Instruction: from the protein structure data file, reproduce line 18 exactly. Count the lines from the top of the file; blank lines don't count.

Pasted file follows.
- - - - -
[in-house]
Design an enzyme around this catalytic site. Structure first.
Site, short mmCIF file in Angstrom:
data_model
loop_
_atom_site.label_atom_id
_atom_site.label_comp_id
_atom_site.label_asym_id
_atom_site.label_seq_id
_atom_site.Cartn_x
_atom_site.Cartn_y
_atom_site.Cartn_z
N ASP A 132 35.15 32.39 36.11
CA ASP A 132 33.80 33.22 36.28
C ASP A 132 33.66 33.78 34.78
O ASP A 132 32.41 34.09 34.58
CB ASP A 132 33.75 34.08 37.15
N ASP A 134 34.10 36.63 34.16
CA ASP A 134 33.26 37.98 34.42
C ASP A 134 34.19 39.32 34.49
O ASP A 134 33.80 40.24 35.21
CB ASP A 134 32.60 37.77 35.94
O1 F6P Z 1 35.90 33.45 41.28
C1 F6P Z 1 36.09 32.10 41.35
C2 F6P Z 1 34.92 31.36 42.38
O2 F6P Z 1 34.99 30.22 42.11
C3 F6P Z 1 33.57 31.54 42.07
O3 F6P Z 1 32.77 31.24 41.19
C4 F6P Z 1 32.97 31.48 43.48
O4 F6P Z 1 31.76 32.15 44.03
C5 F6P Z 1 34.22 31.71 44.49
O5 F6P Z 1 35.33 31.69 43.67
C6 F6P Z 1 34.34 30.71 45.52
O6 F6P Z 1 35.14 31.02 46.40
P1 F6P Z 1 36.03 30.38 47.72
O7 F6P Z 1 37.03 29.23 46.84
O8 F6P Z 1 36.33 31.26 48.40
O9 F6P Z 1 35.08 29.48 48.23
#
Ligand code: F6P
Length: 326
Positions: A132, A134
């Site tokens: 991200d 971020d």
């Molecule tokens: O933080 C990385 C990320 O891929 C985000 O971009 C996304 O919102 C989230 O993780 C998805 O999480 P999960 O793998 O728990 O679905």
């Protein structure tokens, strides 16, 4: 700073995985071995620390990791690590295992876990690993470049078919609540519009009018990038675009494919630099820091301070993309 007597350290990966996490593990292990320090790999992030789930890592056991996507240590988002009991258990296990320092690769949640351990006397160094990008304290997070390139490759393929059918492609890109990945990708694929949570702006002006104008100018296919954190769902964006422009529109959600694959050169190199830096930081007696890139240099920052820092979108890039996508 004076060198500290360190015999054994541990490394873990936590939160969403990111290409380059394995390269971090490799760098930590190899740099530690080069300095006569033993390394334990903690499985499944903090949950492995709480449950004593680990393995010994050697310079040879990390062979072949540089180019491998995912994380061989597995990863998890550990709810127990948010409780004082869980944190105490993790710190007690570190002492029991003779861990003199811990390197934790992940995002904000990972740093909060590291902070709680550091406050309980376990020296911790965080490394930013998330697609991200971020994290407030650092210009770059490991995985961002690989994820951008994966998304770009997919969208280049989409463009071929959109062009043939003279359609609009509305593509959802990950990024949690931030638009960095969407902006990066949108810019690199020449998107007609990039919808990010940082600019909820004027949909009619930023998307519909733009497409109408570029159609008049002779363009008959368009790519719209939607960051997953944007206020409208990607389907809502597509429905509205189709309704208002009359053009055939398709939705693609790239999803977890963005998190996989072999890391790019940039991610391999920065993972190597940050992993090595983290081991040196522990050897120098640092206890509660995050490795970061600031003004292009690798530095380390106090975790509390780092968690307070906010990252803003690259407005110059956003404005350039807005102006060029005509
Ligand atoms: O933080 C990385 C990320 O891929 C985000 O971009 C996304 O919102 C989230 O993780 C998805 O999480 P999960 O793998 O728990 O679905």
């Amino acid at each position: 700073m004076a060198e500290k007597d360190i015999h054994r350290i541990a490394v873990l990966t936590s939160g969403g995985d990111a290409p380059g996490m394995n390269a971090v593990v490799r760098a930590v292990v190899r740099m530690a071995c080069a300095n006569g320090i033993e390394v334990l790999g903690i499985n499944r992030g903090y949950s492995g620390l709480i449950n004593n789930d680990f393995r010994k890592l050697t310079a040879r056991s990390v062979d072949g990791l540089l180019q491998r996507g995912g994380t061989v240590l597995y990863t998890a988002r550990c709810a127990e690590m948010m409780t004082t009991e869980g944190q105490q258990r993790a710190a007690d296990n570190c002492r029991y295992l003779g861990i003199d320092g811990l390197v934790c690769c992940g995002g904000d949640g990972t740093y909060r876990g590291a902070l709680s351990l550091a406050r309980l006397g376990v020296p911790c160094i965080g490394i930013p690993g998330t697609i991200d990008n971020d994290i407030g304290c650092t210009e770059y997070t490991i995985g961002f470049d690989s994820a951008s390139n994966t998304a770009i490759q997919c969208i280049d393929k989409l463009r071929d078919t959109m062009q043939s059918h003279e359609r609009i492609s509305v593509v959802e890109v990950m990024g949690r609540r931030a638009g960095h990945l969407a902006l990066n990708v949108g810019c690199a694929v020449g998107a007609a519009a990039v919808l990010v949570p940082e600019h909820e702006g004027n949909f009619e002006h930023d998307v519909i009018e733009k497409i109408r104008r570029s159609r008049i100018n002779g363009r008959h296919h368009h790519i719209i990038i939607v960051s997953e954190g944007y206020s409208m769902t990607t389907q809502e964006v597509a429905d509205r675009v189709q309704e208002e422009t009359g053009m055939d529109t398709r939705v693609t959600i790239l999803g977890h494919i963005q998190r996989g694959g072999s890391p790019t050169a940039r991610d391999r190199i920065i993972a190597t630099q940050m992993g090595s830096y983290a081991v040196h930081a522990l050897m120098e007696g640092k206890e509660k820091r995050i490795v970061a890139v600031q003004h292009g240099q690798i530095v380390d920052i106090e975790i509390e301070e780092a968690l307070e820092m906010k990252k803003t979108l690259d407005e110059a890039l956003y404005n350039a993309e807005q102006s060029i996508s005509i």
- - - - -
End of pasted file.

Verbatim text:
N ASP A 134 34.10 36.63 34.16